Hexosaminidase A (HEX A) deficiency; including some types of Tay-Sachs disease
Inheritance from both parents will result in the disease
Age range at onset:
Specialists you may see:
Classic or infantile onset: symptoms typically first appear between three and five months of age. These may include feeding problems, general weakness (lethargy), and an exaggerated startle reflex in response to sudden loud noises. Motor delays and mental deterioration are progressive.
Late-onset form: symptoms may become apparent anytime from adolescence through the mid-30s. The infantile form often progresses rapidly, resulting in significant mental and physical deterioration. A characteristic symptom of Tay Sachs disease, which occurs in 90 percent of cases, is the development of cherry red spots in the backs of the eyes. Symptoms of late-onset Tay Sachs disease vary widely from case to case. This disorder progresses much more slowly than the infantile form.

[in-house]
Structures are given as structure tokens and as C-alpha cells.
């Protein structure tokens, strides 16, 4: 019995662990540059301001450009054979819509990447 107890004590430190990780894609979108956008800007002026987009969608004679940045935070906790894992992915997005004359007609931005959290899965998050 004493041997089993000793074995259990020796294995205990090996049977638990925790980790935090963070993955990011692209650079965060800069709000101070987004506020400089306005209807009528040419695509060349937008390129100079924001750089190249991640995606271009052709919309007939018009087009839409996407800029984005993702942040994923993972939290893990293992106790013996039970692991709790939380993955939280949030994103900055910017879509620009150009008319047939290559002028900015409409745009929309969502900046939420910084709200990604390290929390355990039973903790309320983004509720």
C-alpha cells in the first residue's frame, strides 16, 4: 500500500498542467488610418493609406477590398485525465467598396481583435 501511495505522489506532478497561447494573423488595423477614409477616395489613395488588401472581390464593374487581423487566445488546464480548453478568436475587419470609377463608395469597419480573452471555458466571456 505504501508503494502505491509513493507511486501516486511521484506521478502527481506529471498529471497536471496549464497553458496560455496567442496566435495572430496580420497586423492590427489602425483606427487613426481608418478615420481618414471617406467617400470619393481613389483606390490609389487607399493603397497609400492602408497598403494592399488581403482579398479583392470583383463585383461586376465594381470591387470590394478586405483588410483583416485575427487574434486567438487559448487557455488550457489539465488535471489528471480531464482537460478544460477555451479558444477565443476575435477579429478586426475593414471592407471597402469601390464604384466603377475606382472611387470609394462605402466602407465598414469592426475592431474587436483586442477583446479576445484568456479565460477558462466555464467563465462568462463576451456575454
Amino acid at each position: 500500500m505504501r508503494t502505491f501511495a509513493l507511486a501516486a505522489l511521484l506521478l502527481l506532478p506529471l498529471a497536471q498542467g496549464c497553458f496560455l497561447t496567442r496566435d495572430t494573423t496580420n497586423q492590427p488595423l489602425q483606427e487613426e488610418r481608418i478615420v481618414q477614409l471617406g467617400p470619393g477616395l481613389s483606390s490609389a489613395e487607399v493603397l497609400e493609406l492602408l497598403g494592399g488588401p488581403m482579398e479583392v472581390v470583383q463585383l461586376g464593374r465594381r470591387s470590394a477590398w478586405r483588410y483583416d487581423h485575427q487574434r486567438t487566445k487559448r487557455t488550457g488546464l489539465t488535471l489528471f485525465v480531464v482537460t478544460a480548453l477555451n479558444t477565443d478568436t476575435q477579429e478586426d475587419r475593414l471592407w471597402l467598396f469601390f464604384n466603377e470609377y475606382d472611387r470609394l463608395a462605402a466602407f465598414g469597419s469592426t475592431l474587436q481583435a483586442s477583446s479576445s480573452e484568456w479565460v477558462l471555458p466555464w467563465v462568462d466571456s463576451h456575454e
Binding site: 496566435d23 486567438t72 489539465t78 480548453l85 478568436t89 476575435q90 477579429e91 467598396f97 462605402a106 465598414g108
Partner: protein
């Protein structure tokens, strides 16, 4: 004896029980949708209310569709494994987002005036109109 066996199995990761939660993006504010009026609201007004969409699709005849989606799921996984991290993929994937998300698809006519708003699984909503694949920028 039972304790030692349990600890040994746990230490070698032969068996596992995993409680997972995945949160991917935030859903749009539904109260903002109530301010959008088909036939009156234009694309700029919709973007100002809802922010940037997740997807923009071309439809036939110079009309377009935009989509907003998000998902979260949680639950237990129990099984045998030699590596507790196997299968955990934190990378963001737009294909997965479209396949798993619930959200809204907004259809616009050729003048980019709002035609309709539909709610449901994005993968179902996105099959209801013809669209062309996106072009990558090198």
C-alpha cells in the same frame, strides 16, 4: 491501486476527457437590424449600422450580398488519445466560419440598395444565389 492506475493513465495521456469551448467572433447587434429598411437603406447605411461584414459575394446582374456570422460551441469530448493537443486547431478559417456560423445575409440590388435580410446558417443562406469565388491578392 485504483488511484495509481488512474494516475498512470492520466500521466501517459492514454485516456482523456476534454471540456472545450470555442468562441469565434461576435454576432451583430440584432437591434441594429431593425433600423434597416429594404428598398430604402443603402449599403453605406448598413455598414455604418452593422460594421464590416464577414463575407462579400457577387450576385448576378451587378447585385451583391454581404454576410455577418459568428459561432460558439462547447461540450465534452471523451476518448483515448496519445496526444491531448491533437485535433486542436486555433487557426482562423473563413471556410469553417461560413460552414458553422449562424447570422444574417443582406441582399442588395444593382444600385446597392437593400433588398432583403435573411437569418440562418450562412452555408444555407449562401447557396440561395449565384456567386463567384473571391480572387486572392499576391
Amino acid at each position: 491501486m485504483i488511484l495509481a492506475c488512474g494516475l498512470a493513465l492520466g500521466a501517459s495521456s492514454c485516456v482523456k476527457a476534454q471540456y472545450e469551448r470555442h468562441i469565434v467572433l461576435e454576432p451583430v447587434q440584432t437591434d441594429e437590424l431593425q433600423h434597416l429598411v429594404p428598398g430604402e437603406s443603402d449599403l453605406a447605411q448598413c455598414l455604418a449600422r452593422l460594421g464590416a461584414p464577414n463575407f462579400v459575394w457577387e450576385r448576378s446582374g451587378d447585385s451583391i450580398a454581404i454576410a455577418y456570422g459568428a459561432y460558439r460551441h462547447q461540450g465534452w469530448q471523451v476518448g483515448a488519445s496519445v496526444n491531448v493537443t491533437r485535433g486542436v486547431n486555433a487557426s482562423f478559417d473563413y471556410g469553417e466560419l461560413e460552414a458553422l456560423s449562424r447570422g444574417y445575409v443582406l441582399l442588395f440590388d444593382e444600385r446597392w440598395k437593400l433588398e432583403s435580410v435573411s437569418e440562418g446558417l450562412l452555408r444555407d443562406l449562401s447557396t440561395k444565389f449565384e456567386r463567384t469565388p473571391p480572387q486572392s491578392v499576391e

Mutations in the HEXA gene reduce its ability to produce an enzyme called beta-hexosaminidase A. This enzyme breaks down GM2 ganglioside. When this is not broken down, it builds up in nerve cells of the brain and spinal cord, causing the described symptoms.